Baby photo courtesy of Cliff Bostock.

Come Die With Me

While you were rummaging through countless love letters and chocolates on Valentine’s Day, I was shacked up at Emory St. Joseph’s Hospital with a row of purple stitches bulging from my forehead after a biopsy. It seems I have a tumor, a probably fatal one, behind my left eye.

This was not a surprise. It all began almost three years ago when I landed in an emergency room in a state of so-called global amnesia. I was told I was transported by police following a wreck in front of the state capitol building, but, as it turned out, there was no wreck and the emergency room doctors were unable, after hours of tests, to find any explanation. In the weeks following, my doctors at Kaiser Permanente administered more tests and ultimately referred me to an Emory neurosurgeon for a biopsy.

He ordered a third MRI and found evidence of some swelling in one area of my brain. He wanted to do a biopsy then, but I refused. I was pretty certain that my incident was the result of stacking Xanax, Ambien, and a new drug I’d been prescribed for maddening restless leg syndrome. More importantly, though: I distrust the medical system. I had surgery on both my knees almost 20 years ago, and it was irreparably botched, leaving me unable to run or even walk down inclined surfaces – a huge game changer for someone who has spent most of his life in gyms. Later, I endured gall bladder surgery that was “complicated,” forcing me to stay in a hospital for several extra days with a nurse who called me a “wimp” repeatedly for complaining that the pain medications I was given weren’t working. And then there was that time I was 28 and came close to dying in a hospital that tried to evict me before they assigned me a doctor who couldn’t diagnose me.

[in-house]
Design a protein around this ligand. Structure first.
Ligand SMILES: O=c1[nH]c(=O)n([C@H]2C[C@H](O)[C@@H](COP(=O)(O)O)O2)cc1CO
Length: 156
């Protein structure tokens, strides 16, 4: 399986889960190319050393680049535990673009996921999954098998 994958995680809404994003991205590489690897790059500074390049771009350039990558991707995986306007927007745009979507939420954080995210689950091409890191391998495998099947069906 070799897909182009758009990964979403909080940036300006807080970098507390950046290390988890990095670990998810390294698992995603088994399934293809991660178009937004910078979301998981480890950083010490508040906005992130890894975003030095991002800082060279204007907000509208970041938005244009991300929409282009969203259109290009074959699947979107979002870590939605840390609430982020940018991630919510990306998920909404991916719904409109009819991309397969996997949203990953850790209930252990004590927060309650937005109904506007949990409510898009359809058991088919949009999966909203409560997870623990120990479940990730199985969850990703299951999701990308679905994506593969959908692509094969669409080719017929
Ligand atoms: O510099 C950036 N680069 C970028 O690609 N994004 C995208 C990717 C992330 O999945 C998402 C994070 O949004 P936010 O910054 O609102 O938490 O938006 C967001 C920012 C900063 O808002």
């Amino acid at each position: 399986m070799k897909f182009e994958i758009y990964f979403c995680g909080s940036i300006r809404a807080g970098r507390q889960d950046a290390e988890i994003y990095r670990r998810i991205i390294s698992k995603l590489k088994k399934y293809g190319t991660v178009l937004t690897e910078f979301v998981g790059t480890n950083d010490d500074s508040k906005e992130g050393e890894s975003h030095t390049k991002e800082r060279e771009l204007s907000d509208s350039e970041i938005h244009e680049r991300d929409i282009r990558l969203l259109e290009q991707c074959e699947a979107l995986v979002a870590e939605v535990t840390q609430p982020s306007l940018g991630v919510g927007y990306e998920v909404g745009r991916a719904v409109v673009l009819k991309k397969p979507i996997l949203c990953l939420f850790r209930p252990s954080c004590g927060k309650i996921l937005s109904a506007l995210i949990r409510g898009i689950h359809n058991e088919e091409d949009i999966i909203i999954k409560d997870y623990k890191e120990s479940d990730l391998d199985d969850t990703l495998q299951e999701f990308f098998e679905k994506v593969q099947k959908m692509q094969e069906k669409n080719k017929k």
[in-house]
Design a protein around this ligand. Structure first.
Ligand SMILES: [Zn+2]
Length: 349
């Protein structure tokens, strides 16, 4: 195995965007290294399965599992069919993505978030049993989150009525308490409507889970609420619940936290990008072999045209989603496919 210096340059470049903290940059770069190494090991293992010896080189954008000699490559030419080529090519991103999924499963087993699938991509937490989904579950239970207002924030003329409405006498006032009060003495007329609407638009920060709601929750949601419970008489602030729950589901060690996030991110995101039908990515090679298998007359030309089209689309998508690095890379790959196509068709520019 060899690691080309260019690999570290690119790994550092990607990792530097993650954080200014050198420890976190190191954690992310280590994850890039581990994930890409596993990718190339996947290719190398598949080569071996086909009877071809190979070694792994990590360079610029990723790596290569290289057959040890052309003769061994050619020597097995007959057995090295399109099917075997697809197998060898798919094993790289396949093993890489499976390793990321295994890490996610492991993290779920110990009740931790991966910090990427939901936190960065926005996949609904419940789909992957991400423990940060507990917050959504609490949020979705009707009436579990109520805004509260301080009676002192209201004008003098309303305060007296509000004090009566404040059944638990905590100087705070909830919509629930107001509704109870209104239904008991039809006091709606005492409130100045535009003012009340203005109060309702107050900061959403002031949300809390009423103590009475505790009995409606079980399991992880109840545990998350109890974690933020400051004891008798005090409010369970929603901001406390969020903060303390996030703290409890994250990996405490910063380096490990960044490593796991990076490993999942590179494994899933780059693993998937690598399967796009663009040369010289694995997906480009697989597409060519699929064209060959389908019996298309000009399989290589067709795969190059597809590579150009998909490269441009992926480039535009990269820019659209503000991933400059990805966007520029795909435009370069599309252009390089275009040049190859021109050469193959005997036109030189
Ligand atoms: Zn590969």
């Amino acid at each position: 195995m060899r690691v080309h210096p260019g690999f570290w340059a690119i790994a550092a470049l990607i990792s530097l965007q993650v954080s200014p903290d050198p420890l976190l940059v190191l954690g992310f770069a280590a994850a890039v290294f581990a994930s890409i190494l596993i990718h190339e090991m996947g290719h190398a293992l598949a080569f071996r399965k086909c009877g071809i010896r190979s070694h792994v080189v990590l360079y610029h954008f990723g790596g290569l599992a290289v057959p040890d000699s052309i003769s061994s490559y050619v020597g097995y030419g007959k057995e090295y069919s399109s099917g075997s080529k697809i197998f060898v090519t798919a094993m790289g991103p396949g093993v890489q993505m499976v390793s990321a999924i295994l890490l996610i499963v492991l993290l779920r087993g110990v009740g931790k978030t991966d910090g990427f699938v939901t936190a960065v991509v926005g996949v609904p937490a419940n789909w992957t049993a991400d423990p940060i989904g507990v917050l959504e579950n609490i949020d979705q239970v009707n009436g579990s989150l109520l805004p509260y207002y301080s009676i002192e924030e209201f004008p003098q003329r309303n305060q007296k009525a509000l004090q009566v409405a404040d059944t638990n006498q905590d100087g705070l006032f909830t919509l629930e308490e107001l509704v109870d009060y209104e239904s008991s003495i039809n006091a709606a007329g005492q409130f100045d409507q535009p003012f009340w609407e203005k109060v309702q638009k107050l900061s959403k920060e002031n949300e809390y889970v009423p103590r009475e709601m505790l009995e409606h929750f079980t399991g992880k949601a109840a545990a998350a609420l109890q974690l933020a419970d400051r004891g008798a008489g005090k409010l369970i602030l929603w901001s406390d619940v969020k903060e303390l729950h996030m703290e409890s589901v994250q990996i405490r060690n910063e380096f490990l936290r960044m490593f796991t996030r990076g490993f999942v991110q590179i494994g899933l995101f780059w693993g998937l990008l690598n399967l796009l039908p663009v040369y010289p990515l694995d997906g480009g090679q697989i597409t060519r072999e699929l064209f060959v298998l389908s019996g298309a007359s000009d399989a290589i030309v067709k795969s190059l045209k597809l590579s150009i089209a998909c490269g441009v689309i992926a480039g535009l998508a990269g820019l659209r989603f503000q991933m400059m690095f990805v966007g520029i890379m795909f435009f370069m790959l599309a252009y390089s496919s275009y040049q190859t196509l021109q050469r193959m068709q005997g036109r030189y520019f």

Many doctors don’t like me. I question them and have no hesitation to point out when they are putting concerns about themselves in front of their patients’ needs, which is frequent. That hasn’t been the case with my neurosurgeon, who is also a professor at Emory. He listens and has a calming presence, although I do wonder at times if he holds off on imparting bad news a bit longer than needed. I’m still waiting for the final pathology report on my biopsy, but I’m scheduled to begin radiation and chemo treatment soon. If things are as bad as they seem, this will be palliative care, not a cure. I am thankful, sort of, that my doctor didn’t turn my biopsy into a lobotomy.

I have come to that question that seems so inevitable for the old. Do I keep this to myself until the last minute or do I share my story with others? I’ve been treated for depression most of my life. Weirdly, that disappeared a few years ago, as did another medical problem I had for 30 years. As unhappy as I’ve been, though, I have been profoundly grateful since the 1990s. Literally every close friend, including my first male partner, died during the AIDS epidemic’s worst years, and most of the people I’ve been close to in the last 10 to 20 years have also died. As I told a friend recently, I often feel like my mind is hosting a marathon séance, with dead friends constantly popping into my head.

My writing has always been personal. Lousy parenting, the early torment of being gay, and anger at the excessive suffering so many have to endure in our mainly loveless culture have required that I speak my truth.  So, you’re invited to follow me on this journey and share your own stories and questions in the comments section or in DMs. For the present, I am mainly symptom-free, but I doubt, in the end, I’ll be going out in style.

Cliff Bostock, PhD, is a former psychotherapist who now focuses on life coaching, especially with gay men, creative writers, and other artistic types who are feeling lost or blocked. Consult his website at and contact him at 404-518-4415 or